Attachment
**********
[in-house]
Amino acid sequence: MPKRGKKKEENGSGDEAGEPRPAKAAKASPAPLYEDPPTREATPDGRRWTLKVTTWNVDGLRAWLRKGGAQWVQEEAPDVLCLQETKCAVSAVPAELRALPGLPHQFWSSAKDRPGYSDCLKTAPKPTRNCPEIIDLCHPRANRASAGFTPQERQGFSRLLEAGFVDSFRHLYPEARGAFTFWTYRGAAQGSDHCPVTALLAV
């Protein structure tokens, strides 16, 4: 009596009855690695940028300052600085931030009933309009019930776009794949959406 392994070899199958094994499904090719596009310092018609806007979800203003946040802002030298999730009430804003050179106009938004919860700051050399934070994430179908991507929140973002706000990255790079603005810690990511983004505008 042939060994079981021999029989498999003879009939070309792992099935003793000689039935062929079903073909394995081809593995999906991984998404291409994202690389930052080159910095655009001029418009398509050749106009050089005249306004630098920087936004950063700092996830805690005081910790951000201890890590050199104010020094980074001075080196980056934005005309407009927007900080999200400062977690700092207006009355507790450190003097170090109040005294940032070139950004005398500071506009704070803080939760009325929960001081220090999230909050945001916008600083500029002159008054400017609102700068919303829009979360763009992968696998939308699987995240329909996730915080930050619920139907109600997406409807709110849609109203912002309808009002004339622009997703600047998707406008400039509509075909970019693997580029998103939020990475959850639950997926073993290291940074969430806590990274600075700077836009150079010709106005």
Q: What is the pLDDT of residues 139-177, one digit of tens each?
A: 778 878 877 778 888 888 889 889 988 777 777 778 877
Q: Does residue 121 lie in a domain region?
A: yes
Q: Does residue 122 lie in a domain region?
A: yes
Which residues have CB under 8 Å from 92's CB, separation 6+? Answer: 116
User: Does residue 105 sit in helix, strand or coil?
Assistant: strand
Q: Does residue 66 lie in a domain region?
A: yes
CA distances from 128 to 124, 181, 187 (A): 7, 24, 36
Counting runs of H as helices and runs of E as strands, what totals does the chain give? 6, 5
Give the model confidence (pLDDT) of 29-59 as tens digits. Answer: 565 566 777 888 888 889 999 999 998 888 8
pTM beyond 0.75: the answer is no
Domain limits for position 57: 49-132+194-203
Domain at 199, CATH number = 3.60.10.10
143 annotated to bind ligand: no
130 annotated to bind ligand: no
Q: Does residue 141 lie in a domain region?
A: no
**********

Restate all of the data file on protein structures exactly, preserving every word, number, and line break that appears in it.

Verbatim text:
[in-house]
Amino acid sequence: MPKRGKKKEENGSGDEAGEPRPAKAAKASPAPLYEDPPTREATPDGRRWTLKVTTWNVDGLRAWLRKGGAQWVQEEAPDVLCLQETKCAVSAVPAELRALPGLPHQFWSSAKDRPGYSDCLKTAPKPTRNCPEIIDLCHPRANRASAGFTPQERQGFSRLLEAGFVDSFRHLYPEARGAFTFWTYRGAAQGSDHCPVTALLAV
């Protein structure tokens, strides 16, 4: 009596009855690695940028300052600085931030009933309009019930776009794949959406 392994070899199958094994499904090719596009310092018609806007979800203003946040802002030298999730009430804003050179106009938004919860700051050399934070994430179908991507929140973002706000990255790079603005810690990511983004505008 042939060994079981021999029989498999003879009939070309792992099935003793000689039935062929079903073909394995081809593995999906991984998404291409994202690389930052080159910095655009001029418009398509050749106009050089005249306004630098920087936004950063700092996830805690005081910790951000201890890590050199104010020094980074001075080196980056934005005309407009927007900080999200400062977690700092207006009355507790450190003097170090109040005294940032070139950004005398500071506009704070803080939760009325929960001081220090999230909050945001916008600083500029002159008054400017609102700068919303829009979360763009992968696998939308699987995240329909996730915080930050619920139907109600997406409807709110849609109203912002309808009002004339622009997703600047998707406008400039509509075909970019693997580029998103939020990475959850639950997926073993290291940074969430806590990274600075700077836009150079010709106005």
Q: What is the pLDDT of residues 139-177, one digit of tens each?
A: 778 878 877 778 888 888 889 889 988 777 777 778 877
Q: Does residue 121 lie in a domain region?
A: yes
Q: Does residue 122 lie in a domain region?
A: yes
Which residues have CB under 8 Å from 92's CB, separation 6+? Answer: 116
User: Does residue 105 sit in helix, strand or coil?
Assistant: strand
Q: Does residue 66 lie in a domain region?
A: yes
CA distances from 128 to 124, 181, 187 (A): 7, 24, 36
Counting runs of H as helices and runs of E as strands, what totals does the chain give? 6, 5
Give the model confidence (pLDDT) of 29-59 as tens digits. Answer: 565 566 777 888 888 889 999 999 998 888 8
pTM beyond 0.75: the answer is no
Domain limits for position 57: 49-132+194-203
Domain at 199, CATH number = 3.60.10.10
143 annotated to bind ligand: no
130 annotated to bind ligand: no
Q: Does residue 141 lie in a domain region?
A: no